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GK Investment Holdings Risks Bankruptcy, Seeks 7% Bond Exchange
GK Investment Holdings recently sent a letter to certain of its investors informing them that if 90% of those holding its 7% bonds do not exchange them for new bonds by the end of September, the company would default on its old bonds and “could be forced into bankruptcy.” Citing the Covid-19 pandemic’s adverse effects on the real estate market, GKIH said that the company is currently in a “difficult position”: if it sells its properties in order to pay current bondholders by the bonds’ maturity date of September 30th, these bondholders “likely would not receive their full principal amount due to the marked decline in retail real estate values.” In the letter, GKIH expressed its hope that extending the maturity date would allow time for the real estate market to recover, and for the firm to provide additional value to its investors.
What Is GK Investment Holdings?
According to Bloomberg, GK Investment Holdings is “a special purpose entity… formed for the purpose of issuing debt securities to repay existing credit facilities, refinance indebtedness, and for acquisition purposes.” Based in Chicago, Illinois, the company describes itself on its website as “an entrepreneurial opportunity-driven organization that has the insight and flexibility to adjust to a changing real estate market.” It seeks to create value for investors by acquiring real estate; providing in-house asset and property management, leasing, design, construction, and financing; redeveloping and repositioning its existing properties; maintaining income-producing properties; and growing its team. Its properties include malls and other commercial and residential properties in Illinois, Nevada, Florida, Texas, Michigan, and North Dakota.
What Are GK 7% Bonds?
GK Investment Holdings’ 7% bonds, as the name suggests, are bonds that pay interest of 7 percent. As the letter to investors explains, GKIH’s “old bonds” mature on September 30th, 2022. The new bonds, for which it is asking investors to exchange their old bonds, will mature on September 30th, 2025. Investors who exchange their old bonds for the new ones will receive interest of 7.5% for the period beginning September 30th, 2022 and ending September 30th, 2025, according to the letter.
Why Is GKIH Issuing New 7% Bonds?
The Covid-19 pandemic’s negative impacts on the real estate industry are at least partially responsible for GKIH’s request for investors to exchange their 7% bonds for new ones. As the letter explains, GKIH has two real estate assets whose value it hopes will increase over the next three years. One is a Lake Mead Crossing, a shopping center in Henderson, Nevada whose tenants include Big Lots, PetSmart, and Marshalls. GKIH is planning a self-storage development on the property, according to the letter, and it also intends to sell “several free-standing outparcels… which are more valuable when sold individually as single-tenant assets.” The company hopes that “as the retail real estate market recovers and we continue to add value to Lake Mead Crossing,” the asset will grow into one it can sell at a profit.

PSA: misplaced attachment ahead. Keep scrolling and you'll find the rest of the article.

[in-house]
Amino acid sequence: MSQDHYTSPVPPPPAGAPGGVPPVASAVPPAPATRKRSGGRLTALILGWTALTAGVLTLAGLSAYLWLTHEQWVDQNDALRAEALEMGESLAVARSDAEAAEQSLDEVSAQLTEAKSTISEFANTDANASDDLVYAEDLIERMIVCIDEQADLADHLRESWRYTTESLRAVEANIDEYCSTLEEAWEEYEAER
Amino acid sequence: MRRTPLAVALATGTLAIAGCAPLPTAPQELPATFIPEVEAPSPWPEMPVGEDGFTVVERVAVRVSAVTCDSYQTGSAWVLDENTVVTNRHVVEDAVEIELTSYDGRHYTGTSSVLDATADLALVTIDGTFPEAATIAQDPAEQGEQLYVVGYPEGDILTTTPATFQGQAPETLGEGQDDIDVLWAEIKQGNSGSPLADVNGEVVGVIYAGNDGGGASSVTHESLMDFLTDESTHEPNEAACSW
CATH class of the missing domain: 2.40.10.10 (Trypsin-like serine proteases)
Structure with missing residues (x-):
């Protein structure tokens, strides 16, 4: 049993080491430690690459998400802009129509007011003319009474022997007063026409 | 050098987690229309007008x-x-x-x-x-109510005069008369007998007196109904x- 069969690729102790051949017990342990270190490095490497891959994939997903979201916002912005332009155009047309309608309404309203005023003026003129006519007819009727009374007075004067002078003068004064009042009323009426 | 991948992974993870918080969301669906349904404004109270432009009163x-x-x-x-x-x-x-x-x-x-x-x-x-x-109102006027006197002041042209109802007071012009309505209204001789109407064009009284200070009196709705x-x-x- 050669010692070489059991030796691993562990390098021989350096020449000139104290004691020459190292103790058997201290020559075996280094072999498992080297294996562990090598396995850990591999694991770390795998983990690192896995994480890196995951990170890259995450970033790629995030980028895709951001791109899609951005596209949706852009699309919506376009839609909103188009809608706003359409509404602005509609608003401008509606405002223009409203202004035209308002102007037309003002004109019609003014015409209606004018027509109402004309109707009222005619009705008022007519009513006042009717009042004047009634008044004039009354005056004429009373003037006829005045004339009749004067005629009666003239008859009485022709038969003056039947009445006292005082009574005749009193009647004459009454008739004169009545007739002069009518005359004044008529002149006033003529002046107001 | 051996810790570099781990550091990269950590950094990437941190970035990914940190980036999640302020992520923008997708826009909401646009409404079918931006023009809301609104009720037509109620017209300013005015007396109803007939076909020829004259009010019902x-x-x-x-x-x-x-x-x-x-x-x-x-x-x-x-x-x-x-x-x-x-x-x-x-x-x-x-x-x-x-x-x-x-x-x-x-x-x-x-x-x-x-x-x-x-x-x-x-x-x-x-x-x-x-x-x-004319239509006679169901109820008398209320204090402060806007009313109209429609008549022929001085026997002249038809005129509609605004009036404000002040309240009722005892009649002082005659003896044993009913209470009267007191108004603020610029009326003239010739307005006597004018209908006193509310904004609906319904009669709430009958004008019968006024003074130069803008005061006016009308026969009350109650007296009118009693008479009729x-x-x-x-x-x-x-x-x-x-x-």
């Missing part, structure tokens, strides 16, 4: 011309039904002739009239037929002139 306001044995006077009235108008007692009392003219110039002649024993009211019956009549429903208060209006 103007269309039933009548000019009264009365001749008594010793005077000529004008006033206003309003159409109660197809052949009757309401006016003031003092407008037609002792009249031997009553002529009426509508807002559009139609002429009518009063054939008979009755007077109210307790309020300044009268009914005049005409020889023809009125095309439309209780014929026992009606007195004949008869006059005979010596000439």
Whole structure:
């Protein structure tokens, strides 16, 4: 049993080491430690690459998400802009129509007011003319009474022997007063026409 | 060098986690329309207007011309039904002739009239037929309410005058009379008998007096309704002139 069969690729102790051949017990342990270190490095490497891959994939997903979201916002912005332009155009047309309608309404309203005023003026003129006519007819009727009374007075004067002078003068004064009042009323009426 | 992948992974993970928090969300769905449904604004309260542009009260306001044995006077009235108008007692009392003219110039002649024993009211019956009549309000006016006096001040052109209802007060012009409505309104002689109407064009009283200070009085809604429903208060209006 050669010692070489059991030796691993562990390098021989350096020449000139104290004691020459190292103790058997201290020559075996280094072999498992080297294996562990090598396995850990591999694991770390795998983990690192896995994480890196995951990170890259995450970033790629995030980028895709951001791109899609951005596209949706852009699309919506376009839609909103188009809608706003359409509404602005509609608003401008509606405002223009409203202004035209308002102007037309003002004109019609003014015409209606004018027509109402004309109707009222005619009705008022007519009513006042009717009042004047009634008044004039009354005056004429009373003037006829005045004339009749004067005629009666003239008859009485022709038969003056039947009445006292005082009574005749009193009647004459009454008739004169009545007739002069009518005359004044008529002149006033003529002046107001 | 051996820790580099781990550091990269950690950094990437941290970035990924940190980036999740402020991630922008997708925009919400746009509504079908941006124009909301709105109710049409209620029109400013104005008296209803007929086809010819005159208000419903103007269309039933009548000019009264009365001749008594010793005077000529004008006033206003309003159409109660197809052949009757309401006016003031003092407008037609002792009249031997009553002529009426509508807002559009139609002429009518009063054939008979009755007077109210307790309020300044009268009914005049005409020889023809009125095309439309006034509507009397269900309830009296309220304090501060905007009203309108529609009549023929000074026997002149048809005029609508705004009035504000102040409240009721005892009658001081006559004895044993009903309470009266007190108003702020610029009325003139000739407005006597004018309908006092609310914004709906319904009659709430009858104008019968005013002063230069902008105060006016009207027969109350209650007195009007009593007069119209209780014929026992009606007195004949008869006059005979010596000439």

The other real estate asset described in GKIH’s letter to 7% bondholders is an LA Fitness facility in Oak Brook, Illinois. “Fitness retail has seen declines in values as mask mandates and Covid-19 fears reduced membership revenues across the sector,” the letter states. “However, recent months have shown that market begin its return to pre-Covid values. LA Fitness is a strong, good credit operator and, as values rise, we will seek to sell this asset as well.”
Could GKIH Go Into Bankruptcy?
GKIH’s letter to 7% bondholders does not mince words about what will happen if 90% of investors do not exchange their old bonds for new ones. “If we are unable to achieve an extension of the maturity date,” the letter states, “we will be forced to liquidate GKIH’s properties as-is.” Should this come to pass, the company states it would default on its old bonds, “significantly” delaying the repayment of principal to bondholders.
What Happens If GKIH Goes Into Bankruptcy?
The letter suggests that if GKIH enters the “time-consuming, expensive, and unpredictable” bankruptcy process, 7% bondholders may not see a return of principal until “as late as, or even later than, the proposed extended maturity date of September 30, 2025).” It even suggests that GKIH may be able to repay bondholders’ principal entirely.
What Should GK 7% Bondholders Do?
If your financial advisor recommended an investment in GK Investment Holdings 7% bonds, you may have grounds to file a FINRA arbitration claim and pursue the recovery of damages. Carlson Law represents investors involved in claims against financial advisors and investment firms throughout the United States, who have a responsibility to recommend only investments that are suitable for their customers, based on reasonable due diligence. If you or a loved one have suffered losses investing in GKIH 7% bonds, please call us at 888-976-6111 or complete our contact form for a free and confidential consultation.